Children on the move

© UNICEF/NYHQ2007-1393/Pirozzi
A teacher (centre) helps students in a 'catch-up' class at a primary school in the village of Muraba, Eastern Province, Rwanda. Almost 200 previously out-of-school students attend the classes at the school, most of them were working children.

The situation

Child migration occurs all over the world and each region has its own particular patterns and context. In Eastern and Southern Africa, children on the move are becoming a growing concern. This is particularly true in Southern Africa where there has been a long tradition of labour migration and population movements, impacted more recently by civil unrest and poverty that has been exacerbated by the worldwide economic downturn.

On average, around 2,500 children from Zimbabwe are deported from South Africa every month, and children also make up a significant number of the approximately 7,000 Mozambicans deported from there. At the same time, children from the Horn of Africa countries Ethiopia, Eritrea and Somalia are moving to the Arabian Peninsula to take up poorly paid jobs, while many children from Madagascar and Comoros end up in the Middle East as domestic servants.

Girls and women make up a large portion of the migrant population and are particularly vulnerable to sexual violence and exploitation during the entire migration process.

Trafficking and migration are two very distinct phenomena, however, where overlaps exist, the linkages are quite pronounced. Traffickers often use the “irregular” status of migrants to control them, and children are frequently among the most vulnerable victims.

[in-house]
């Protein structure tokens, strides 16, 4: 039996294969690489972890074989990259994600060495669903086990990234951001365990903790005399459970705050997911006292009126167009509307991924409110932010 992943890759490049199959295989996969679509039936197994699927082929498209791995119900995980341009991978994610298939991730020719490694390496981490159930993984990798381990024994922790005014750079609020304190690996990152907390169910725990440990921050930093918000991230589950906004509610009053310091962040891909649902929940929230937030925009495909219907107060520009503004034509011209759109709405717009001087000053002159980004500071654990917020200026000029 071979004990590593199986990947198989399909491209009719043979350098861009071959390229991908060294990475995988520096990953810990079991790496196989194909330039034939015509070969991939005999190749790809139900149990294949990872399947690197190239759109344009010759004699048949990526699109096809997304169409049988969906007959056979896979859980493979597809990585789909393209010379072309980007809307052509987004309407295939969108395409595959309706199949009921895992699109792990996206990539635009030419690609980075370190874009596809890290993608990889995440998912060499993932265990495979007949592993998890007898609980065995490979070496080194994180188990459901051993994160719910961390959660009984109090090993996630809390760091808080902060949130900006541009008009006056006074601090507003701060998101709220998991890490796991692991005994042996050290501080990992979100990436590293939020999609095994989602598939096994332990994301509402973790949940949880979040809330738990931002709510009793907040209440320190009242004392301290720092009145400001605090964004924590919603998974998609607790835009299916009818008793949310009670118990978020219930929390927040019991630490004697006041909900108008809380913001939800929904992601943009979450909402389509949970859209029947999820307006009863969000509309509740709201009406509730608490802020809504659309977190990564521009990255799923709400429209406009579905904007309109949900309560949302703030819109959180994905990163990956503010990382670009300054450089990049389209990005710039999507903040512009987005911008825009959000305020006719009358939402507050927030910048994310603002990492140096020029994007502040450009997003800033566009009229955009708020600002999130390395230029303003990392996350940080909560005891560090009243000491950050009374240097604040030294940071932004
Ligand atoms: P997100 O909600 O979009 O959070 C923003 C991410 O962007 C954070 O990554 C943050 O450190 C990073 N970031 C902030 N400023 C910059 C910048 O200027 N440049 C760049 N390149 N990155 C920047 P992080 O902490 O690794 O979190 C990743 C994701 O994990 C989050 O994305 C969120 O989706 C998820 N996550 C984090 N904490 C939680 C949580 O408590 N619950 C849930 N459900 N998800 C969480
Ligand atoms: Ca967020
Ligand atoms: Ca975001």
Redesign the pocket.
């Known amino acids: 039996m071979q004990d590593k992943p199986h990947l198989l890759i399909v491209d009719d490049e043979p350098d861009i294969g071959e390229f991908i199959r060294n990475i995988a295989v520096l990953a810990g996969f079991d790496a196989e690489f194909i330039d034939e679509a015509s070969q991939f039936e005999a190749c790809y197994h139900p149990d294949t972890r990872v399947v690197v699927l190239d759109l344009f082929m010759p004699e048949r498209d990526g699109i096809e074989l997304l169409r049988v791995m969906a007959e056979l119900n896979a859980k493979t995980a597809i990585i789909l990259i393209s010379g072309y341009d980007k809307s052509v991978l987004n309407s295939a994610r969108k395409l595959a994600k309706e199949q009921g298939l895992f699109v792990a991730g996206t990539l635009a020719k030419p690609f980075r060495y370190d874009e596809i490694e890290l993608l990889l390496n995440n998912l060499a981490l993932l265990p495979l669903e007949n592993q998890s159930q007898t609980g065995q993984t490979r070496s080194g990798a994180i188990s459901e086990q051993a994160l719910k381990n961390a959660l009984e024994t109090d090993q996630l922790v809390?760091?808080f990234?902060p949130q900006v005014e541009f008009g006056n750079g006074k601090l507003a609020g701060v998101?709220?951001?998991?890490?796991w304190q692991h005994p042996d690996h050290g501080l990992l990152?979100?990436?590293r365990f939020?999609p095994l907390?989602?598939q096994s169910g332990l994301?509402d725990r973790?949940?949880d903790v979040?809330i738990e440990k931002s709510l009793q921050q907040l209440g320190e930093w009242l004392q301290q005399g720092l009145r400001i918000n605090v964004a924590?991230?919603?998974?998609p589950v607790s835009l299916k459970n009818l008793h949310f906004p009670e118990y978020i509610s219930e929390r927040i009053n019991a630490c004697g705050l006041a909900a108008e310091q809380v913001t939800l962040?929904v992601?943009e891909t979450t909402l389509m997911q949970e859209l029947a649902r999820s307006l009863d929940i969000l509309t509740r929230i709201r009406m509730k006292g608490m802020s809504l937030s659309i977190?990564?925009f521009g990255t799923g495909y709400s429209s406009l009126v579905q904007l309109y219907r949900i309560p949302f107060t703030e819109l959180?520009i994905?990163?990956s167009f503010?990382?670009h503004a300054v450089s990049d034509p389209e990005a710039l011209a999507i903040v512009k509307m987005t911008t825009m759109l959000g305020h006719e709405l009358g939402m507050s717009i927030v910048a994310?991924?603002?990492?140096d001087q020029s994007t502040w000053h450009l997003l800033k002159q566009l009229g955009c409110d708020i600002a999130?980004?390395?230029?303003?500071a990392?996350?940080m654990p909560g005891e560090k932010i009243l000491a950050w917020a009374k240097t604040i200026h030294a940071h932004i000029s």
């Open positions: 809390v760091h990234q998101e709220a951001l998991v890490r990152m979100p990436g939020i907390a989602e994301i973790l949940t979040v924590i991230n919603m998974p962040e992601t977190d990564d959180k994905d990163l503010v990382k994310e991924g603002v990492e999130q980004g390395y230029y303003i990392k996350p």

In response to the political and humanitarian crisis in Zimbabwe in late 2008, UNICEF in South Africa provided emergency assistance to children on the move, both in the border region and in areas where they congregated in central Johannesburg. This expanded to a capacity-building programme with the Department of Social Development to improve systems of care and protection of migrant children.

Within this framework, standard operating procedures have been developed and disseminated to social workers and information systems have been established to identify, document, trace, and reunify unaccompanied children with their families. As a result, hundreds of children were able to get an education and placement in appropriate alternative care.

In Madagascar, UNICEF supported the development of an action plan to repatriate girls and women trafficked to the Middle East to work as domestic servants. In Ethiopia, UNICEF is working with other agencies on the repatriation and reintegration of migrant children from the Middle East.



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More on child protection

Related links

What we do: Children on the move

Facts on children: Children on the move